I first read about Europa in Berlitz's 2017 guide, fantastic, by the way, in case you're looking for in-depth research about individual ships not on CruiseCritic. I am an American who went on this amazing ship for just over a week, albeit that it was quite difficult not knowing any German prior, but I felt interacting with fellow passengers who spoke at least some English or Chinese (which I speak).
Embarkation was very smooth and swift, and shockingly punctual at 16:00. Between starting to board in Monaco and getting to my suite (all of them are suites), it was only about twenty or so minutes. I also got a bottle of champagne and four quite small but delicious chocolate-covered strawberries. My suite was clean and tidy and I wasted no time in unpacking. There was ample room to store my things and very few minor niggles such as the bedspread being slightly off-centre.
Fine, nothing astonishing, though it was great how they accomodated English-speaking passengers with a separated muster drill. I admit that I honestly expected to just duck behind the Germans in case of pirates or something if something happened. It lasted fairly long, about half an hour to an hour.
The atmosphere was very formal and uptight (whether that's good or bad, up to you) and the colours were very calm. It was incredibly fresh (there were times when I would play a game with myself on a long sea day to find a single flaw, and even then it was a deck chair askew, which was quickly being fixed. Quiet luxury and elegance was exuded in the decor without much glimmer and glitz.
Announcements were only scheduled two times a day with maybe an occasional third one tossed in, and the German culture was certainly not the most amicable of people, although not speaking their language didn't exactly help. I often enjoyed having a chat with, for example, my Filipino waiter who spoke better English than German, I found. Average age was about 70.
ACCOMMODATION TO ENGLISH SPEAKERS:
It was pretty bad, but I can't complain, really, because it is just a German-marketed ship. Menus and guides were in German, as were almost all people. I ended up being quite good friends with one Brit, who kept on talking to me when we met each other for lack of others to speak to, but I really couldn't be bothered. It's what I expected, it would be ludicrous to expect top-notch accommodation to a non-native language of most of the people and staff. I don't expect Royal Caribbean staff to speak Japanese or La Ponant to speak Japanese or Nippon to speak French, and that's how it was.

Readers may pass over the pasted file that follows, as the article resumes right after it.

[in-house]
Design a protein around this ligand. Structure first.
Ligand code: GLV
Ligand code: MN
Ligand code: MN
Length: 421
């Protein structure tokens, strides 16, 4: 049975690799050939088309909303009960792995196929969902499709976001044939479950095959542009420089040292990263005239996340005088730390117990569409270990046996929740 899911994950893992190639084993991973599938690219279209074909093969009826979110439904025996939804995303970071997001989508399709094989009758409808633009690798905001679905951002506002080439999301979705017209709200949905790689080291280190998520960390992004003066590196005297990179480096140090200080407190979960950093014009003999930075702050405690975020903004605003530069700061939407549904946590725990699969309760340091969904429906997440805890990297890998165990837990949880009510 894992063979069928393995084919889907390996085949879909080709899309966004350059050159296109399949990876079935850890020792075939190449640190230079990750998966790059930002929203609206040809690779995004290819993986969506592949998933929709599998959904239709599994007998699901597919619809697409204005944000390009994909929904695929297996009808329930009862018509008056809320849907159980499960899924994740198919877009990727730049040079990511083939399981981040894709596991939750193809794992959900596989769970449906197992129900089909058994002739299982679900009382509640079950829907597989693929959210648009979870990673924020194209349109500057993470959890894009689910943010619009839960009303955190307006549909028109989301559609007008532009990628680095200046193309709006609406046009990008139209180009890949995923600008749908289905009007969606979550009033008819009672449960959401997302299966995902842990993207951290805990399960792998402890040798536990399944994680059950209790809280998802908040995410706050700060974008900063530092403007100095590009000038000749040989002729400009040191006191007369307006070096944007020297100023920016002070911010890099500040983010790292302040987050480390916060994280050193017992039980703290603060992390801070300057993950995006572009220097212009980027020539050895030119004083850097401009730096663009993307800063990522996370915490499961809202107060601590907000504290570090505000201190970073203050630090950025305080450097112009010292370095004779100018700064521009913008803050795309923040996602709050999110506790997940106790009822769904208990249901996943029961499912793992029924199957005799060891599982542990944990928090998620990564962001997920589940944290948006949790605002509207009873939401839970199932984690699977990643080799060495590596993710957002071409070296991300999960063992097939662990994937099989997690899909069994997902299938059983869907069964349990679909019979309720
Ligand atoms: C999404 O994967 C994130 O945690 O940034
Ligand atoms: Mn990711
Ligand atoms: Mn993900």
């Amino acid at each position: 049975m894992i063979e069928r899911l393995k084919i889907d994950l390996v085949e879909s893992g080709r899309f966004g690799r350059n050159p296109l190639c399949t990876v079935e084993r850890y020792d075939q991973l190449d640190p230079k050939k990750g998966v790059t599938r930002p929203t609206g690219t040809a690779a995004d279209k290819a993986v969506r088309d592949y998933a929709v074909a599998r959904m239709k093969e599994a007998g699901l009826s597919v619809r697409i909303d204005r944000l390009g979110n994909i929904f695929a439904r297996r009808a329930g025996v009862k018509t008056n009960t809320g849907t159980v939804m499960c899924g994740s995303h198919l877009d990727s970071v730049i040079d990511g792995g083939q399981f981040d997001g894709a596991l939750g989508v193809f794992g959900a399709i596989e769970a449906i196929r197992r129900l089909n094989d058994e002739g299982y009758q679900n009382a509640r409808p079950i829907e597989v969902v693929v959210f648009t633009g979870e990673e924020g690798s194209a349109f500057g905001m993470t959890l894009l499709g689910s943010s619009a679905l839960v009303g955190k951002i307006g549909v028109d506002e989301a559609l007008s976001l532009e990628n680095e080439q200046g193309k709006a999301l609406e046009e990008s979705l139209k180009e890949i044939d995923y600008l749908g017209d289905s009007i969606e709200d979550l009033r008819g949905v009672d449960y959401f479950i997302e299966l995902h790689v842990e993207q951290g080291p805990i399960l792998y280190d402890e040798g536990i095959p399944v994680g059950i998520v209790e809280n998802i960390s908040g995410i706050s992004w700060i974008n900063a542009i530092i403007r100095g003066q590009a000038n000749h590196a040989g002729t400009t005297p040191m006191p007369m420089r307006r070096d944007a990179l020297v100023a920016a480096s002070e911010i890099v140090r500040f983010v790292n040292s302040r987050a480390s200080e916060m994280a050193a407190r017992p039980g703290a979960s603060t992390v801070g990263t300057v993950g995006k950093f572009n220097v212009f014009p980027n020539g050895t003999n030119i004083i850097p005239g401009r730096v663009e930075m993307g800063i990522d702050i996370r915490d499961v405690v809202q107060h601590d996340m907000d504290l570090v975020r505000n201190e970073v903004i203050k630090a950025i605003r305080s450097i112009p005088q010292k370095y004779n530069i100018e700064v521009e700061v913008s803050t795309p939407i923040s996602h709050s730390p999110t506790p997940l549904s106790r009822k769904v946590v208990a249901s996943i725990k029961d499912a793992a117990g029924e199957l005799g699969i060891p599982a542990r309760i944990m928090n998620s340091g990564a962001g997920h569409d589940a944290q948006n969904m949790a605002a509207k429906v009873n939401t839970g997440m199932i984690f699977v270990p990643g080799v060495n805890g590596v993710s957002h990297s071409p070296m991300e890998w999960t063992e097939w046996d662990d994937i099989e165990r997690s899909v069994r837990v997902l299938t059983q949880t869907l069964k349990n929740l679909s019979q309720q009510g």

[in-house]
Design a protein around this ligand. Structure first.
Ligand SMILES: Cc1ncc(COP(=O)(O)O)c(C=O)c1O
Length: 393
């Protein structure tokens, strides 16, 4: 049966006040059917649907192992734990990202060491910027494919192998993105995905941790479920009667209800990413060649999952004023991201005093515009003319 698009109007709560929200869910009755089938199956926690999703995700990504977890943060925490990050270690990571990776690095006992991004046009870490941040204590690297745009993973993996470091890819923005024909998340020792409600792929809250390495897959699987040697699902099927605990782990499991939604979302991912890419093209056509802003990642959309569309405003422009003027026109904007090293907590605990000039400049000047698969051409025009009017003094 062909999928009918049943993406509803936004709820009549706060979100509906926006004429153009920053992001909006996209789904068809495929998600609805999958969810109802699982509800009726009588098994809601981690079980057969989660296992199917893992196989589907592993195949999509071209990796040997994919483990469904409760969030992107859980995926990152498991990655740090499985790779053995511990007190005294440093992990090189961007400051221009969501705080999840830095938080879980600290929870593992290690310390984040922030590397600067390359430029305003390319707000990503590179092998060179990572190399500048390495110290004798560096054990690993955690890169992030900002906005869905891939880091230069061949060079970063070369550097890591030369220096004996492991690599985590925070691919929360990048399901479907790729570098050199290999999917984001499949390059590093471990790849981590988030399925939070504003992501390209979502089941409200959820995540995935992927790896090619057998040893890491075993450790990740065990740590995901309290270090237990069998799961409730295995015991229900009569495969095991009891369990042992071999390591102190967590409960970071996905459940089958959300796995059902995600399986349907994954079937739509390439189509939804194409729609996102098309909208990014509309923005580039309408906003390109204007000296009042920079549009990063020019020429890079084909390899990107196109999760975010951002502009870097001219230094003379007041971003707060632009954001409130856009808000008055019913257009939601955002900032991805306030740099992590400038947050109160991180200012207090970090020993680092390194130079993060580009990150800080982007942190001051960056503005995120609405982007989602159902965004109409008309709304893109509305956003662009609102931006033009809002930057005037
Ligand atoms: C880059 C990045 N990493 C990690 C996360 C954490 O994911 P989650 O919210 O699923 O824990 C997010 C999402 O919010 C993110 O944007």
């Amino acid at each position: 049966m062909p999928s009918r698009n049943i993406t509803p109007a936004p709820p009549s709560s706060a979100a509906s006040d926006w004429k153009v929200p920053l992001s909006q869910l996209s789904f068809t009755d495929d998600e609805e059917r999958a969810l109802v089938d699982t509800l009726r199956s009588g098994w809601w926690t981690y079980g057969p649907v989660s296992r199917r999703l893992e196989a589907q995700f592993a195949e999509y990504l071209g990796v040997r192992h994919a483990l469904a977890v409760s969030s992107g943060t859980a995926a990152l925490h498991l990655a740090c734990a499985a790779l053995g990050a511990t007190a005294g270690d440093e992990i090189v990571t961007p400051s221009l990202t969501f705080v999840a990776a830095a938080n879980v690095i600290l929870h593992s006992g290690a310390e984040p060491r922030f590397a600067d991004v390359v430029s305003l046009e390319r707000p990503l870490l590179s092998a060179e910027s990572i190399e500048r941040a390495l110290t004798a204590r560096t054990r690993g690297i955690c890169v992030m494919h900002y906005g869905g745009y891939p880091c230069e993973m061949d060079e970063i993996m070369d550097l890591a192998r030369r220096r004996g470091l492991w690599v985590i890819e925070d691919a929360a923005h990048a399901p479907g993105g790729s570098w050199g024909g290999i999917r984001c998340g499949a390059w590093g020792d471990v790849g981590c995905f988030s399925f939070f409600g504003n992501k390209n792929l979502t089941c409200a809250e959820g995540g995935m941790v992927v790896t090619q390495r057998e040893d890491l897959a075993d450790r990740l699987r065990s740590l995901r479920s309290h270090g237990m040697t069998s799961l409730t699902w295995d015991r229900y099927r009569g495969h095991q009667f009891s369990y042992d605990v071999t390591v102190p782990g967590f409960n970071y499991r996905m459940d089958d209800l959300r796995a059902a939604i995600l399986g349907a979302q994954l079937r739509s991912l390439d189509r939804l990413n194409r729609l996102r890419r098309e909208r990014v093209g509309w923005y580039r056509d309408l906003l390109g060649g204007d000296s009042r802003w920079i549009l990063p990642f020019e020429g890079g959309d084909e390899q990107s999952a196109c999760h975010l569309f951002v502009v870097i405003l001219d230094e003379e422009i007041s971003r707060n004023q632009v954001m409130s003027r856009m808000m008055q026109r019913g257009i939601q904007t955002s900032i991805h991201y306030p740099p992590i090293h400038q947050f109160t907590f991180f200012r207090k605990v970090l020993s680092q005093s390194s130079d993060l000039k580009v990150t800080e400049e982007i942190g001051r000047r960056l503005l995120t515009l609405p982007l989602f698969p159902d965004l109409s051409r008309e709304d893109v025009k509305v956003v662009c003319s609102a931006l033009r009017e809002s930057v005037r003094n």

Literally mouth-watering. I didn't want to do anything else! No additional cost to any venue, even Dieter Muller, the three-time Michelen star chef's restaurant, only a reservation, and 24-hour room service included even beef tartare. Try getting that from Norwegian or something. The table I had was great. Dinner starts at 7, ends at 9, eat anytime you want within those hours. Breakfast and lunch were open seating.
Honestly, what else can I say? The food was 11/10, with everything from poolside waffles to real whipped cream in the afternoon teatime. Gourmet and stocked with all the best ingredients you wouldn't even expect in a gourmet restaurant let alone a boat in the Mediterranean Ocean. I walked to my suite every day vowing to go to the gym tomorrow, when I came home, I weighed so much more. The food was so good and comfort level so high that I preferred dining on board to dining in port, and sometimes, I even just wanted to do nothing but eat.
Outstanding. By my third day, most staff knew my name and the Gatsby's bartender knew what I drank most often by my fourth when I consistently ordered my favourite, the Irish Coffee. I did not have to be an important person, be pushy, or have an “in” to get luxury service, as is often the case on other luxury ships. With literally no exceptions on my cruise, the crew were smart, polite, helpful, attentive, bilingual, and eager to help.
Great shows, consistently. World-class artists performing their forte, enrichment professionals, and bilingual or even performances with no words at all were plentiful. I must admit I missed seeing a few ports because, well, the pool was open and I couldn't force myself to go when a bilingual personal trainer was offering classes or the clergyman was open for a while, all for me.
One free hour a day. Was it great? Eeeeeeeeeh...but what are you gonna expect.
Just don't go in the Havana Bar and you'll be fine. The Piano Bar often had a few puffing, but it wasn't anything major, I just sat far from them or went to Gatsby's.
Smooth, seamless, if anything, a bit sad.
1. Yes, I'll say it. Please some English newsletters or printed documents? It's fun to discover for a few days but by day 8 you just want a paper saying something you don't have to run through a Translator app which are often wrong or just walk around the whole ship to find a sign that interests you that isn't in German. AND PLEASE FOR GOD'S SAKE THE MENUS. PLEASE THE MENUS, at least.
2. Please more Cap'n Knopf! He's adorable.
Amazing, top-notch crew with top-notch service. The food and service were phenomenal, and everything was so seamless, so beautiful, I felt scared of ruining it. I do not think it would be essential to speak any German at all to enjoy the food and service and music on this ship, nor do I think this is a very uptight ship like some say. But I do say one caveat, and that is it breaks my wallet tremendously.
Lots of people, but pretty cool.
The ship was great-even LESS PEOPLE on the poool deck!